A woman came up to me at the end who has a sixteen year old son with ME. She said i seemed articulate etc and started talking about it being an illness of high acheivers. (I do not hold with this view. I do not believe i got this illness because i was pushing myself too hard, or because i have a certain personality, although intelligent and a “swot” at school i am not a typical career defined perfectionist, in my opinion, sometimes i can be quite laid-back! My sister was 11 when she became ill and although just as intelligent was not that interested in doing her homework or being top of the class. I definately should have given up work earlier than i did, but the implications of that were so massive that, like anyone (with no diagnosis/proper medical advice), i put it off as long as possible and hoped that i would get better before that point of necessity came). I said to her that maybe “high acheivers” may not rest enough during the early stages of the illness and therefore be harder hit, but i am not even convinced of this really as everyone must just do what they can to carry on when they have no idea what is wrong with them and life as they know it is falling apart… I said to her that if you take any life and randomly stop it at a certain day, compared to an ME-life it will seem that they were either working or playing hard, as most people live life to the full in one way or another. People ask “what was happening at the time you got ill” as there are notions that stressful times can trigger ME, maybe they can contribute, and maybe this is where the “high achievers” come to grief, but so many people live stressful lives, and we all have traumatic events happen at some point so i feel that this is just a fairly irrelevant piece of the puzzle and so much more is going on to cause this illness.

Anyway, so the other thing i was thinking after she said this about the high achievers and also wished i had said was that it is another way of making it our fault that we a) got ill and b) continue to be ill. As if you are saying “If you didn’t want to be well so badly so you could get on with your high achieving lifestyle you would not still be ill. Just relax into it/learn your lesson and all will be well.” yeah well, i have looked into every cranny of my psyche to see if this is true and i feel it is not. These ideas only make us have to do more work: The amount of emotional work we have to do to cope with this illness and the devastation it wrecks on our lives is immense, naturally, as with any chronic illness; but added to that are the things we are told about our illness that somehow mean we have to look at ourselves, our personalities, our past histories and traumas, to search desperately for some reason or meaning that we are told must be there and making us ill (or just think we are); never mind all the work to understand the illness (as best we can, partly to defend ourselves), our bodies, the politics, the research being done, work out who are the good guys (ME charities, insurance companies, employers and medical professionals) and who is just humouring us while thinking we are not really ill at all.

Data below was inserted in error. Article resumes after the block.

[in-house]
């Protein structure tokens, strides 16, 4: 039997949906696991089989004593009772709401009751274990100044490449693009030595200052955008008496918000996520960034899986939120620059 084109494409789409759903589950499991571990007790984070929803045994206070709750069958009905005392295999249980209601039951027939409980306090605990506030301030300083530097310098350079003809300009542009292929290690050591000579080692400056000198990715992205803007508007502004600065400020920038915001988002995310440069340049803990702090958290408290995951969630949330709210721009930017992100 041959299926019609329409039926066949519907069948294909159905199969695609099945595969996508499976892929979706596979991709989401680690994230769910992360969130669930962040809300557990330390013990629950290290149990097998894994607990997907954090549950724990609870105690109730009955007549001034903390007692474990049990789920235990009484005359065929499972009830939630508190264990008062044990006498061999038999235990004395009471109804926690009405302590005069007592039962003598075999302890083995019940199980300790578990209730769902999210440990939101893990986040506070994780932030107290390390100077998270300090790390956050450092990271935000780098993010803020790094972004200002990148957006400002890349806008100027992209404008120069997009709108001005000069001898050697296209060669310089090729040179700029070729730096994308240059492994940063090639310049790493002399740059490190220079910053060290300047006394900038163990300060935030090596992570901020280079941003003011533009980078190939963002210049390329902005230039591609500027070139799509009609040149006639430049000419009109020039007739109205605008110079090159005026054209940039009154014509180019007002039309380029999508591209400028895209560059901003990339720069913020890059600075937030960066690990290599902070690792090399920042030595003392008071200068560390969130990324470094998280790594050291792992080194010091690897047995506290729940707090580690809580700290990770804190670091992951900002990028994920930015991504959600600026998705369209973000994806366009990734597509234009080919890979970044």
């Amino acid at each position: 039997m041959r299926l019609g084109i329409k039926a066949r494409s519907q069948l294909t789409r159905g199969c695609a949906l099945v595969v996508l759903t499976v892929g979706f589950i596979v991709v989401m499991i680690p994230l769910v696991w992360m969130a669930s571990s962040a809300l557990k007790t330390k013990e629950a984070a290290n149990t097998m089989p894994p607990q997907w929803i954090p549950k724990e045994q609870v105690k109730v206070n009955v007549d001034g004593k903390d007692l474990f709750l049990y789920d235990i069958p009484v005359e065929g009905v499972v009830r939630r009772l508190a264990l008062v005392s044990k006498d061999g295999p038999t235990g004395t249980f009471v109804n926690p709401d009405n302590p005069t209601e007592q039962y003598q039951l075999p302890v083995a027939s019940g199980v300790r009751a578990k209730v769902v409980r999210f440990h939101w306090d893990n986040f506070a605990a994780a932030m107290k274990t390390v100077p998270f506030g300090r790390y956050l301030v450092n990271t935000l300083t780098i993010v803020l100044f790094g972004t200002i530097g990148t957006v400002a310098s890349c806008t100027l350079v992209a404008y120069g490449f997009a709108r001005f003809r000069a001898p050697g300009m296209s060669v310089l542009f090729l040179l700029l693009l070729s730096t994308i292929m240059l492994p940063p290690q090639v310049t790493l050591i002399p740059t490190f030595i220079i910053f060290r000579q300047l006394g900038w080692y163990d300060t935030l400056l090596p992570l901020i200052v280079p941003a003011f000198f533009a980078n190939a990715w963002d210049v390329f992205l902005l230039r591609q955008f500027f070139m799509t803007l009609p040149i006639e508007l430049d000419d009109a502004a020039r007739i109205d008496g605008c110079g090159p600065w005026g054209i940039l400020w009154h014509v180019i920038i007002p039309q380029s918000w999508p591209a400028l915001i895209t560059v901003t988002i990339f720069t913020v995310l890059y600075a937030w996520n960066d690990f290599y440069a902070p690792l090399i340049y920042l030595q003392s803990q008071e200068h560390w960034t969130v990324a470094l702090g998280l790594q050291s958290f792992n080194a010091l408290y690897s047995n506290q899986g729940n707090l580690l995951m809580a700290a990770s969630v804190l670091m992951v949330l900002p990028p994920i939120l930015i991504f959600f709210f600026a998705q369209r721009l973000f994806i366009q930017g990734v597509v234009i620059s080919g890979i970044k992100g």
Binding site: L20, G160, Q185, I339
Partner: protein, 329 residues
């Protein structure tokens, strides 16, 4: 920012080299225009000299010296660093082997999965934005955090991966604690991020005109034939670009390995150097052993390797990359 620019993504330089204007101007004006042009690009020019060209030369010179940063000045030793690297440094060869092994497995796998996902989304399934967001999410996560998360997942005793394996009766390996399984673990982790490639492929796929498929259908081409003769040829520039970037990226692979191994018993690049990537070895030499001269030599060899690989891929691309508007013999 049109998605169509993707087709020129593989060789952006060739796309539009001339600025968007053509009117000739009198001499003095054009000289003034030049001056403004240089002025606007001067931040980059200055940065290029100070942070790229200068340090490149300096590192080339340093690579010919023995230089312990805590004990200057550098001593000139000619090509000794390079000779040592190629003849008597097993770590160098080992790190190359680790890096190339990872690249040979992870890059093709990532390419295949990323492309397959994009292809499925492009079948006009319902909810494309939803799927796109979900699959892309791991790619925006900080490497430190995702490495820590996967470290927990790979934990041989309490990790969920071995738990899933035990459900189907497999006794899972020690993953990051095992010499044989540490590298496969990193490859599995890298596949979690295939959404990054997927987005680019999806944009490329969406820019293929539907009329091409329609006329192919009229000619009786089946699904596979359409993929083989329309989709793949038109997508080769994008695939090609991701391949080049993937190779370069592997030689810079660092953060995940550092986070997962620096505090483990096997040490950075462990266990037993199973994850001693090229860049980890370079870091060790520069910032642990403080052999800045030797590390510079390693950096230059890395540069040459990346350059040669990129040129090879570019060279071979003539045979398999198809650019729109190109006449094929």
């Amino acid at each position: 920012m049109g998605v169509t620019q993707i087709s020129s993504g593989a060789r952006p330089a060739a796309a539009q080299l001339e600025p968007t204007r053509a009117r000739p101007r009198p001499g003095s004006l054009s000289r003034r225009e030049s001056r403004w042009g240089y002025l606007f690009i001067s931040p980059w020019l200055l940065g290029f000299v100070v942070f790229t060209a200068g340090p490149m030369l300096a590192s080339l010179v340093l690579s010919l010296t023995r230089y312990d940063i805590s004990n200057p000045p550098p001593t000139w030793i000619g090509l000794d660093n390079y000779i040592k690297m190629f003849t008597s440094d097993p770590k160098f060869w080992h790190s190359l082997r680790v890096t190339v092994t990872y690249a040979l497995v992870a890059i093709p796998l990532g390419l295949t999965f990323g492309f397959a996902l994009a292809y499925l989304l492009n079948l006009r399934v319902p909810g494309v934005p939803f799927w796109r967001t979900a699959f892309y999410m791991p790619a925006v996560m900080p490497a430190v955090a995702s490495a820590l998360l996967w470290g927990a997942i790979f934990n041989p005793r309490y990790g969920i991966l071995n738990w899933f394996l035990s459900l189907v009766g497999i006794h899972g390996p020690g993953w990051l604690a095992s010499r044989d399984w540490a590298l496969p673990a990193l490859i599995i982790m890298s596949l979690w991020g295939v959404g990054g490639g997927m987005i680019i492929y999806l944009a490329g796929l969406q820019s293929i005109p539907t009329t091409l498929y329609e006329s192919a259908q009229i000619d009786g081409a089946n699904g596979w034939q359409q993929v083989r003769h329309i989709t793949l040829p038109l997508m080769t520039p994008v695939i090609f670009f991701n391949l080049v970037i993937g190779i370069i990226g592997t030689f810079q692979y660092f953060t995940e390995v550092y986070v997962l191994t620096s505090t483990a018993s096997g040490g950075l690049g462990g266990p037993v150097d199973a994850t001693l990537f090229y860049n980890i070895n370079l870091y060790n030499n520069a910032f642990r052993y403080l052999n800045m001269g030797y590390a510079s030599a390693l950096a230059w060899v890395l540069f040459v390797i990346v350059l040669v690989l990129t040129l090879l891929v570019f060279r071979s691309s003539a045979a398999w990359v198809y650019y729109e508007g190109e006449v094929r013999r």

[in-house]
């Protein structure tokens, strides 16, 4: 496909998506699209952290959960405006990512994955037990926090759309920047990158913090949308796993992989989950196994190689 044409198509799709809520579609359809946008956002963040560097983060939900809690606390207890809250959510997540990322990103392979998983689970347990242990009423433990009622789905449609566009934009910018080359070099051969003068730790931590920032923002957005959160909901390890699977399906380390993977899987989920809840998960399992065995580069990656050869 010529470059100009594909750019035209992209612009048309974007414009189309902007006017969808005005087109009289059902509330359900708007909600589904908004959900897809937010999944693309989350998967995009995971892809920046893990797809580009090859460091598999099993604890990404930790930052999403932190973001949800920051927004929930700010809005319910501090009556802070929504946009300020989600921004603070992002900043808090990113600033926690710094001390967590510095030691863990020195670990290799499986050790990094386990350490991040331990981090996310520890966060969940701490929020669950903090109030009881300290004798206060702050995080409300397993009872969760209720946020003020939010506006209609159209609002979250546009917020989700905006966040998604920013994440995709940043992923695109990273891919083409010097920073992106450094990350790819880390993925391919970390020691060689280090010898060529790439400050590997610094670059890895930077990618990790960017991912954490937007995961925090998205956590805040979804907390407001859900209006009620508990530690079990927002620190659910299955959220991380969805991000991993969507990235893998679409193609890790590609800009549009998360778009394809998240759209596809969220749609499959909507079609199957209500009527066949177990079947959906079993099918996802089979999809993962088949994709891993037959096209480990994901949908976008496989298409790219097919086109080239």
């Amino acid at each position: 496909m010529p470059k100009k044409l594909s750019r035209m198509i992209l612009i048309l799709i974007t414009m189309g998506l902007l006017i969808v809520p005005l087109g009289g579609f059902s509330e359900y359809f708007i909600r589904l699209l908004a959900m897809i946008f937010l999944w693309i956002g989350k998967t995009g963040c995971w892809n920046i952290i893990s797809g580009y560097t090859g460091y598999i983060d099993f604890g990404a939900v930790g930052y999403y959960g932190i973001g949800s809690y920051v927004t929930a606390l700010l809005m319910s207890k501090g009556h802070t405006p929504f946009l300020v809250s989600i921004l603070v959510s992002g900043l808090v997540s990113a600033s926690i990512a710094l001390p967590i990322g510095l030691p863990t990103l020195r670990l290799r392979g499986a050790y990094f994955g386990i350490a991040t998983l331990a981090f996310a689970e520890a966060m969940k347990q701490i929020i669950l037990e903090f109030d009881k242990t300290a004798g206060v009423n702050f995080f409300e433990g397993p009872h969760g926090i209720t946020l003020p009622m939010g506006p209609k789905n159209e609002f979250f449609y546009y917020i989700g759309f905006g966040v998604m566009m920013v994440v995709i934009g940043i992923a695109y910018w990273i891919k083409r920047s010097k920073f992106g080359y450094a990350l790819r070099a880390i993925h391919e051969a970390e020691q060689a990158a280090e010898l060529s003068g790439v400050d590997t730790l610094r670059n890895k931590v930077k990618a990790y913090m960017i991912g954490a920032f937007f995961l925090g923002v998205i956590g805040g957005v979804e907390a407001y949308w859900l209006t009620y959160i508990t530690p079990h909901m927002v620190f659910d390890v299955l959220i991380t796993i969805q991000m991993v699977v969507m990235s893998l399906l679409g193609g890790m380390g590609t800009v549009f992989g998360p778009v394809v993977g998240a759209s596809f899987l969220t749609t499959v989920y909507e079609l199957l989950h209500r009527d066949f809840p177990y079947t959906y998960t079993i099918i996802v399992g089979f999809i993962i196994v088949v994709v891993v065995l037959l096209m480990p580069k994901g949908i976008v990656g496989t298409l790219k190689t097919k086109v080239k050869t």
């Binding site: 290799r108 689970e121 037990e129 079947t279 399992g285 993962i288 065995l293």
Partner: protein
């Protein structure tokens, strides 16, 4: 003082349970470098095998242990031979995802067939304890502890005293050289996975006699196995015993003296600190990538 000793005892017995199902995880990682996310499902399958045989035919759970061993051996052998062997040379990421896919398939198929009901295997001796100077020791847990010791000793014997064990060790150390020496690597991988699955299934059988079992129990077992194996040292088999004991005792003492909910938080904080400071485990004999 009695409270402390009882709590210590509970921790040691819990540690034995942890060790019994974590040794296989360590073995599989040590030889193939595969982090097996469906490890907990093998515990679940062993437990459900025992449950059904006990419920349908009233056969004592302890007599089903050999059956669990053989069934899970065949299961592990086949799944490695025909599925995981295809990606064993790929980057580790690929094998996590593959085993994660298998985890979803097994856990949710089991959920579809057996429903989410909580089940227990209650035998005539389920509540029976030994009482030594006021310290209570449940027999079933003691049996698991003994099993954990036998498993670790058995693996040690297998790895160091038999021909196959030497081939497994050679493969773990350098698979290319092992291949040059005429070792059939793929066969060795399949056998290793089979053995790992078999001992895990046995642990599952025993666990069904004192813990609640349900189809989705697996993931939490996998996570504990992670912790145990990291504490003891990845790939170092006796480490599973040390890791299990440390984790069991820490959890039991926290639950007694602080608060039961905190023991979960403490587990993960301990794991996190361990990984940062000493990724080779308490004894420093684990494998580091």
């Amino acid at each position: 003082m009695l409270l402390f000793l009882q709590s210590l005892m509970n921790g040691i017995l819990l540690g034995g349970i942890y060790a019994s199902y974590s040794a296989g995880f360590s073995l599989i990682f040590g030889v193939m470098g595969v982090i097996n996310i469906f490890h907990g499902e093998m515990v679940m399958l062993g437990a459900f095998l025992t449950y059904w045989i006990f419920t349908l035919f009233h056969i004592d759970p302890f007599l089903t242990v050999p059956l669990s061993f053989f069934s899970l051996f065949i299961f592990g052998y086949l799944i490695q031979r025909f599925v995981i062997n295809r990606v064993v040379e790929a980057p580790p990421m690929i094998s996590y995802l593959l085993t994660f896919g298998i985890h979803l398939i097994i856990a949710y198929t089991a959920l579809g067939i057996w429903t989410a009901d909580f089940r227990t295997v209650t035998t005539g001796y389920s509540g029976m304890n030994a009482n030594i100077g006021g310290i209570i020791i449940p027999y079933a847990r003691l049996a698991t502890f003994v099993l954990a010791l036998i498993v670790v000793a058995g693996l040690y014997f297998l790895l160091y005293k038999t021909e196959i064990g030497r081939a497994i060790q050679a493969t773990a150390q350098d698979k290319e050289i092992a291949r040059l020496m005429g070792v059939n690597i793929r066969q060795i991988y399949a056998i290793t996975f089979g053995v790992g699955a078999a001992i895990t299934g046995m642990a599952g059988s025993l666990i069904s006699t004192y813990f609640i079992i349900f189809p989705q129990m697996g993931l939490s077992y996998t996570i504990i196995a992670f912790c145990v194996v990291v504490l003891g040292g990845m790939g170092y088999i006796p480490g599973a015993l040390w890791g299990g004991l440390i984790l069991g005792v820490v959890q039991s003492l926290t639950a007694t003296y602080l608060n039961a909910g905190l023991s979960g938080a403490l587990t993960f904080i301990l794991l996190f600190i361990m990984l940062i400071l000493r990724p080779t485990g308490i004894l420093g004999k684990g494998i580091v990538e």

To have a doctor say definitively that they see ME as a real and physical illness is a breath of fresh air. I can now go into her clinic and feel sure that i am being taken seriously, and that i can trust anything she tells me or advises me to do to become well (even if it does not work it is based on her expertise and knowledge and worth a try). Even with the ME Specialist i have not always felt this. He and his team have often fudged over the issues regarding psychological/biological debates, saying it is a combination of factors blah blah, go home and do some pacing and try to change your thinking patterns in a CBT way and then you will improve… (but i didn’t improve despite trying very hard to follow their advice, so i end up feeling a failure as i am obviously not doing something right… yes, more emotional work for me, very draining for a fatigued person!). I am not saying that all the pacing and “thinking” is a waste of time, it just seems to be being sold as more than it is: coping strategies). I think in actual fact the ME specialist has his head screwed on the right way and is just bound by the NICE Guidelines and other bureaucratic things to have to play along and not rock the boat too much, he probably is disappointed that he cannot do more for us patients, but not knowing how your doctor feels deep down about your illness is unsettling and is not a good basis to building a relationship of trust or “treatment” (if there was any!).

So that is all I can manage to say for now, i have not said much about the actual lecture, more about what others said and my own thoughts, but i did not learn a lot during the main lecture as i have POTS and know all about it already, pretty much, and she was starting from the basics.

ME/CFS Awareness

ME/CFS Awareness


February 2020